October 29, 2011 | By Roger Thurow

The Right Vote

We’ll keep this short:

“Vote for the Appropriations Committee recommendation for foreign operations and against any cuts that would hurt hungry and poor people.”

That was the succinct message of a slide posted by Bread for the World President David Beckmann yesterday at the Alliance to End Hunger annual gathering. It was all that needed to be said in advance of next week’s scheduled vote in the Senate on the State Department’s foreign operations funding levels for fiscal year 2012 – if indeed it comes to the Senate floor.  The Senate committee flat-lined the budget from fiscal year 2011 numbers, which is considered to be something of a triumph in these times of voracious cuts.  Adopting those recommendations would set a high water mark; no one figures it will get any better.

But it could get worse.  The House committee has made deep cuts to foreign operations.  Development assistance, which includes agriculture development programs like the presidential initiative Feed the Future, would be cut another 18% from FY2011 levels; U.S. Agency for International Development (USAID) operating expenses would be cut 27%, which would likely mean less people to implement Feed the Future on the ground in developing countries; and, overall food aid, from the agriculture appropriations bill, would be down 28%.

The international affairs account represents only about 1.4% of the U.S. federal budget, based on FY2010 numbers.  As Bread points out, programs that constitute poverty-focused development assistance was only six-tenths of one percent of the federal budget.

Despite these small percentages, the international affairs account has already been the target of disproportionate cuts.  It absorbed nearly 20% of the total discretionary cuts in the FY11 budget.

Any move by the Senate to come down from its committee recommendations would be crippling for agriculture development around the world.  It would be a severe blow to Feed the Future.  All this, while famine is spreading in the Horn of Africa and while agriculture development is being prioritized in many developing countries based on promises of cooperation in the Feed the Future initiative.

Budget cuts would sound retreat on the emerging movement to finally reverse the neglect of agriculture development that has increased hunger and poverty over the past three decades.

“If the U.S. backs off, it will have a really debilitating impact on what other governments are doing,” Rev. Beckmann said.

The message, in short: don’t cut the poor and hungry any deeper than has already been done.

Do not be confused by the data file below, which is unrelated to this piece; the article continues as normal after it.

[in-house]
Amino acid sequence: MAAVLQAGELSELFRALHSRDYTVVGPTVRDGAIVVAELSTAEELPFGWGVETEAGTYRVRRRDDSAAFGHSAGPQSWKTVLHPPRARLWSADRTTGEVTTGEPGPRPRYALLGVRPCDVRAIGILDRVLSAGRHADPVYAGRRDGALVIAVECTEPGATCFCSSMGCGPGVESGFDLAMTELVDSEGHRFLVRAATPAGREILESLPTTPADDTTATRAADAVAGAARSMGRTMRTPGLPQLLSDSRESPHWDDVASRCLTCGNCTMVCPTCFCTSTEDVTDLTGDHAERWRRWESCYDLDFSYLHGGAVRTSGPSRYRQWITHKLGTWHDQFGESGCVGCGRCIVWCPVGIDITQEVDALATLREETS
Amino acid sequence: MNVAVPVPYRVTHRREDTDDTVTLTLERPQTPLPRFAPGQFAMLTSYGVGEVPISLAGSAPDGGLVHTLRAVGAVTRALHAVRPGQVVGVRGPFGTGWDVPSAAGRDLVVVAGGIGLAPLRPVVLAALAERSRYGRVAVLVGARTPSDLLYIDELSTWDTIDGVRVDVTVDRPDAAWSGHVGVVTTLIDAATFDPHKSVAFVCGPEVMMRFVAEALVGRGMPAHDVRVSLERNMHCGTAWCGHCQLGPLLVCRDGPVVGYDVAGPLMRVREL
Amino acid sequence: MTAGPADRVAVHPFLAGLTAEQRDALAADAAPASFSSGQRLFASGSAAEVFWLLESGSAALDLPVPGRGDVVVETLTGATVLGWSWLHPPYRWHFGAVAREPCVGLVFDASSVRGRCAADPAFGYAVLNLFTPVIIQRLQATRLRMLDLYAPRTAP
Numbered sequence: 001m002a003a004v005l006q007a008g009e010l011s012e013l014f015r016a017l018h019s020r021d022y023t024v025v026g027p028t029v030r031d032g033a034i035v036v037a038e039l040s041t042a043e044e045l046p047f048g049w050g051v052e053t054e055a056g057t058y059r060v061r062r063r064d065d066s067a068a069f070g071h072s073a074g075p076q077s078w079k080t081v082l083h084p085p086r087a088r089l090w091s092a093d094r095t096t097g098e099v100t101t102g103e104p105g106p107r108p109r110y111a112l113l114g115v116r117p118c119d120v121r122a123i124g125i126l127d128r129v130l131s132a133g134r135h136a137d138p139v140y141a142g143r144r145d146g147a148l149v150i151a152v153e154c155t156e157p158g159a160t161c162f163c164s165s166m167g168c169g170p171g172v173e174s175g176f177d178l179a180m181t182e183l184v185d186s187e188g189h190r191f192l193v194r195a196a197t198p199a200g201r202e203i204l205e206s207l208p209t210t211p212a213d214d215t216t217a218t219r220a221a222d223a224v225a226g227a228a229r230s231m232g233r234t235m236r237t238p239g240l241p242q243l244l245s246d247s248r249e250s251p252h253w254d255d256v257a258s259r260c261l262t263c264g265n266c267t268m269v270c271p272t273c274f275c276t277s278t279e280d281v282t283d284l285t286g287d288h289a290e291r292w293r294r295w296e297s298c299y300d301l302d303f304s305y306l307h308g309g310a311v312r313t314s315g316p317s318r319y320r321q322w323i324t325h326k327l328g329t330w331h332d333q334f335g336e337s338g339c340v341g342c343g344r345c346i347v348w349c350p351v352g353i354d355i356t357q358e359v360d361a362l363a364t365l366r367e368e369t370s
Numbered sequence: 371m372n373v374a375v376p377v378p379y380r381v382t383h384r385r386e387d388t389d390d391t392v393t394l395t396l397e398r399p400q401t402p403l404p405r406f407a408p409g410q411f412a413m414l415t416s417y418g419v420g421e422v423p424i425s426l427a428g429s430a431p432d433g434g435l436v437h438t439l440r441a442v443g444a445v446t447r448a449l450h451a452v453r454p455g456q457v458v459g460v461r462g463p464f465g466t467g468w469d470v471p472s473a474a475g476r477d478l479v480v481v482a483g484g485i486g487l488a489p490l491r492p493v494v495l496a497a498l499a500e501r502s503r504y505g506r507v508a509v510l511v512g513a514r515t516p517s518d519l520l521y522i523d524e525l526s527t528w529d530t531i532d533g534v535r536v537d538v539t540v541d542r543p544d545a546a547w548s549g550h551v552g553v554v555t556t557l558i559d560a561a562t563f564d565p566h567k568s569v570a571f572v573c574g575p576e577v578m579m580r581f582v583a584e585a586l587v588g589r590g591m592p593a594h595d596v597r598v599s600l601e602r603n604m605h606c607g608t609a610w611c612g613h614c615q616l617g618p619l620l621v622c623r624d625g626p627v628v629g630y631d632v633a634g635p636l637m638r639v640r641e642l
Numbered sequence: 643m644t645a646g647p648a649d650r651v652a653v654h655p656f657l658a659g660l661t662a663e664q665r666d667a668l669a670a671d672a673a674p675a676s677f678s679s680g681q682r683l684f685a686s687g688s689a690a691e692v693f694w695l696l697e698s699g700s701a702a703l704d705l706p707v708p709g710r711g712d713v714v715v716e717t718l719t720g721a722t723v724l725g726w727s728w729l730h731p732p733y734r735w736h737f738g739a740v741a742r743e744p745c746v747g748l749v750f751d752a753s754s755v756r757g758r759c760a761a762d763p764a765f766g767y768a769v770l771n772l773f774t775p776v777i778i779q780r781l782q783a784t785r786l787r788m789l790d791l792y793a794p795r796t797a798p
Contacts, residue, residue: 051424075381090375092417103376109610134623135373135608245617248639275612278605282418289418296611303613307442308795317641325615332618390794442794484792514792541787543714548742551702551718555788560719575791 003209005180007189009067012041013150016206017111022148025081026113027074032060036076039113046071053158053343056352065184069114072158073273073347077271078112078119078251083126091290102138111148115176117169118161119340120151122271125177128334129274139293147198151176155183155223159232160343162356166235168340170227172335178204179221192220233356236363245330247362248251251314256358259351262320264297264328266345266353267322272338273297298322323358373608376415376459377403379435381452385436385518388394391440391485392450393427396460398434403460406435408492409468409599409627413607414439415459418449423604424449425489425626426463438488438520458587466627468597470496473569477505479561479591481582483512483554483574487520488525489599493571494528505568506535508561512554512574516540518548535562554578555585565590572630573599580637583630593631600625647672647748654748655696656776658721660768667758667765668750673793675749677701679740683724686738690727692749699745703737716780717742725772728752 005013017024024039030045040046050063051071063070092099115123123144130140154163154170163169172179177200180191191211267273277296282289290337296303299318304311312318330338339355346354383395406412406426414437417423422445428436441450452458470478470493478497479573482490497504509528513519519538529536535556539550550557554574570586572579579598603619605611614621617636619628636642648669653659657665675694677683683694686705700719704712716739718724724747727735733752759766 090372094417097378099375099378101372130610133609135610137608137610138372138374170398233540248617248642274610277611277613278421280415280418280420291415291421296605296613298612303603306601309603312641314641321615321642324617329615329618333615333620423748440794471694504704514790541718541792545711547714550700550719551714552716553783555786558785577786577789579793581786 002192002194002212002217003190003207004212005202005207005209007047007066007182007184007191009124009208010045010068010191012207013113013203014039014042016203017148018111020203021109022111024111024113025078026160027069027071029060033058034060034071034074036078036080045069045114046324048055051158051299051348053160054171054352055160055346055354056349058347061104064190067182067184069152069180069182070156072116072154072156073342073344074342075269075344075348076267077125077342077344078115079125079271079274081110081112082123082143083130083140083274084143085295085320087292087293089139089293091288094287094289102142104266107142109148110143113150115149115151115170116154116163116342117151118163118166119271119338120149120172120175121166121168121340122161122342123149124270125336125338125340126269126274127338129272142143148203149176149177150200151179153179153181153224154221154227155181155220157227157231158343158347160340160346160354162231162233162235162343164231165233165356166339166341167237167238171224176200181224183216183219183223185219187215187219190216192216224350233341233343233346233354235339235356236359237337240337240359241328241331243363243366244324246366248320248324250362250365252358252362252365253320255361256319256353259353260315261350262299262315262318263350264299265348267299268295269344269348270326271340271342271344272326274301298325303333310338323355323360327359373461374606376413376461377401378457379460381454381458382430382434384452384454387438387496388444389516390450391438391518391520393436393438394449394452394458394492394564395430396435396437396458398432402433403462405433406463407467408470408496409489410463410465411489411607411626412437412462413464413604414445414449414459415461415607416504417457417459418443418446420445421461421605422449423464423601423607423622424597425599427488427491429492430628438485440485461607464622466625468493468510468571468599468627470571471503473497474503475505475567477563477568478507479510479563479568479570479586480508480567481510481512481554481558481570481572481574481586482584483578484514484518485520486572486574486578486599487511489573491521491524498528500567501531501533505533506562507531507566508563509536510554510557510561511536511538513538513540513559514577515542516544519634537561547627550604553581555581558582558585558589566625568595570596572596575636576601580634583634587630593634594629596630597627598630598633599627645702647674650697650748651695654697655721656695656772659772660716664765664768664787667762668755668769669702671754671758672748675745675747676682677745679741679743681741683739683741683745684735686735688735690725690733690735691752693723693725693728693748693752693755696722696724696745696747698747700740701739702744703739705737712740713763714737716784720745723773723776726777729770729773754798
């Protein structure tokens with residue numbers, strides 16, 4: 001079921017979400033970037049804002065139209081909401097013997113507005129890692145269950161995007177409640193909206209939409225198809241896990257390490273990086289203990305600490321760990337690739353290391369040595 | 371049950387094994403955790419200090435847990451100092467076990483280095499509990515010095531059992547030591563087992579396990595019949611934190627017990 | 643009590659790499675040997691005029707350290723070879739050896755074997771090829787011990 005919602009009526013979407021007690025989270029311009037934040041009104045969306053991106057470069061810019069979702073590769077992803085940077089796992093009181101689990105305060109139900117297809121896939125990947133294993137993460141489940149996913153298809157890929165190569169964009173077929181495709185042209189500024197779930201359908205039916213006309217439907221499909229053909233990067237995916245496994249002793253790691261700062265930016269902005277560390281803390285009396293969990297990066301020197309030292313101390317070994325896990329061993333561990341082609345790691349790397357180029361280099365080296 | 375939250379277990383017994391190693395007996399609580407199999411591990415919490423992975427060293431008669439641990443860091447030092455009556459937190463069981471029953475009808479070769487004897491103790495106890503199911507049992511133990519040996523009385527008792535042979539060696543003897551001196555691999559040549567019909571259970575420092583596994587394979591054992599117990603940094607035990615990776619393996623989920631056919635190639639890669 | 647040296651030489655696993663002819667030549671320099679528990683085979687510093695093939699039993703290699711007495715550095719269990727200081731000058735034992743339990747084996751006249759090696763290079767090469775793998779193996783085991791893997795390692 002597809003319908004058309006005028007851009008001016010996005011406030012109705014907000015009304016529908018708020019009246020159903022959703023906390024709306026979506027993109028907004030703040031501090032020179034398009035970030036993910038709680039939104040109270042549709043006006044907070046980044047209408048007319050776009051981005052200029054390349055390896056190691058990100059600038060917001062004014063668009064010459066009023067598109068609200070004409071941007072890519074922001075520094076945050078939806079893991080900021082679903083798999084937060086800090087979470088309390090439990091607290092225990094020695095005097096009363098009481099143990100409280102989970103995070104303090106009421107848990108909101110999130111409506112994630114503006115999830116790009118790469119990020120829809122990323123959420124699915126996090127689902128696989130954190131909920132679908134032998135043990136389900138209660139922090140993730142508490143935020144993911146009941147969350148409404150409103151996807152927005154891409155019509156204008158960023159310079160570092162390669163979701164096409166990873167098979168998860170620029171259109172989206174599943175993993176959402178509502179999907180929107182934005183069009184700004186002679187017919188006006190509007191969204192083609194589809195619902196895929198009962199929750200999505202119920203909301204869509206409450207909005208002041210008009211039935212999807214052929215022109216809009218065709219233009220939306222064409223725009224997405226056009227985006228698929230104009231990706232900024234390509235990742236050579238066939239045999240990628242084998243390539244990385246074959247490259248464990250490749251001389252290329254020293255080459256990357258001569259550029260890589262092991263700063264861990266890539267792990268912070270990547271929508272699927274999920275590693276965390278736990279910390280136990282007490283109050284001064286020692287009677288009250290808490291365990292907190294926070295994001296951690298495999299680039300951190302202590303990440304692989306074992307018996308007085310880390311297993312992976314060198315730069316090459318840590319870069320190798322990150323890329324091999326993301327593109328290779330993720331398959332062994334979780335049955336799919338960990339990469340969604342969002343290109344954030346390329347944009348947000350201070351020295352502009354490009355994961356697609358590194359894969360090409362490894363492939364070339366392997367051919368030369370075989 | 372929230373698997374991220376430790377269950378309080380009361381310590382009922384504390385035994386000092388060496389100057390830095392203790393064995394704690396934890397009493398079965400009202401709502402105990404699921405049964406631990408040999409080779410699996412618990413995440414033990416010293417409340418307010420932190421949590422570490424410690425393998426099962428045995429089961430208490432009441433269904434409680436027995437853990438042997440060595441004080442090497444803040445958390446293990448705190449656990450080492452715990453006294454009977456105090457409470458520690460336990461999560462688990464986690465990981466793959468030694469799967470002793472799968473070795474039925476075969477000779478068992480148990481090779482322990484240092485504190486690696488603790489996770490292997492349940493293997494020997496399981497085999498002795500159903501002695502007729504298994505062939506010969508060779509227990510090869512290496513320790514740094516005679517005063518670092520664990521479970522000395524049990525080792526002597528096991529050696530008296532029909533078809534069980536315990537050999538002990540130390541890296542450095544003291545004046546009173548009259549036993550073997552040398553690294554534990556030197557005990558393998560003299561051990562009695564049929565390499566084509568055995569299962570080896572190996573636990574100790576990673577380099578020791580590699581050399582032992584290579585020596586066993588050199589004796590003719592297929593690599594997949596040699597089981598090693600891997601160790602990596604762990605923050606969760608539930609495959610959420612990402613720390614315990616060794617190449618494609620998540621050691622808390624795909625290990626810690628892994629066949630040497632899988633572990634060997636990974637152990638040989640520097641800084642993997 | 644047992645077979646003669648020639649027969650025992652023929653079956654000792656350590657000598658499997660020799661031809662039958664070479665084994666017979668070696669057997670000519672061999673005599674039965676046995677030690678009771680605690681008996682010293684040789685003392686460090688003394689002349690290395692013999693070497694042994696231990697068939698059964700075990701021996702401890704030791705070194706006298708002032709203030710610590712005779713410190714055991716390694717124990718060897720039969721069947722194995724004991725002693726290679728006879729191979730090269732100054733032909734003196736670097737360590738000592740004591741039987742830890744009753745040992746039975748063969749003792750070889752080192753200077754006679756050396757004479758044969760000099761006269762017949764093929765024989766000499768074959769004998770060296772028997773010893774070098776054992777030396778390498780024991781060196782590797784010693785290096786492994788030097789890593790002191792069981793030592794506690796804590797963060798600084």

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1,000 Days and Migrant Stress

The first 1,000 days of a child's life is a critical time for development, where nutrition--and stability--lay the foundation for a lifetime. 

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Outrage and Inspire with Roger Thurow - Am I About to Lose My Second Child, Too?

The latest podcast in our ongoing series with Roger Thurow. Hear how even the best nutrition projects can be undermined by bad water, poor sanitation and hygiene, and lousy infrastructure.  From northern Uganda, we hear a mother’s agony when her healthy, robust child suddenly falls ill after a few sips of water…unclean water, it turned out.

Roger Thurow on SDG 2.2

Roger Thurow sat down with Farming First to talk about the individual and societal consequences of malnutrition. 




Digital Preview of The First 1,000 Days

In his new book, The First 1,000 Days, Council senior fellow Roger Thurow illuminates the 1,000 Days initiative to end early childhood malnutrition through the compelling stories of new mothers in Uganda, India, Guatemala, and Chicago. Get a first-look at photos and stories from the book in this new web interactive.

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» Order your copy of the book.


The First 1,000 Days

Roger Thurow’s book will tell the story of the vital importance of proper nutrition and health care in the 1,000 days window from the beginning of a woman’s pregnancy to her child’s second birthday.

The 1,000 days period is the crucial period of development, when malnutrition can have severe life-long impacts on the individual, the family and society as a whole. Nutritional deficiencies that occur during this time are often overlooked, resulting in a hidden hunger. It is a problem of great human and economic dimensions, impacting rich and poor countries alike.

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The Last Hunger Season

In The Last Hunger Season, the intimate dramas of the farmers' lives unfold amidst growing awareness that to feed the world's growing population, food production must double by 2050. How will the farmers, Africa, and a hungrier world deal with issues of water usage, land ownership, foreign investment, corruption, GMO's, the changing role of women, and the politics of foreign aid?

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Roger Thurow and Scott Kilman, award-winning writers on Africa, development, and agriculture, see famine as the result of bad policies spanning the political spectrum. In this compelling investigative narrative, they explain through vivid human stories how the agricultural revolutions that transformed Asia and Latin America stopped short in Africa, and how our sometimes well-intentioned strategies—alternating with ignorance and neglect—have conspired to keep the world’s poorest people hungry and unable to feed themselves.

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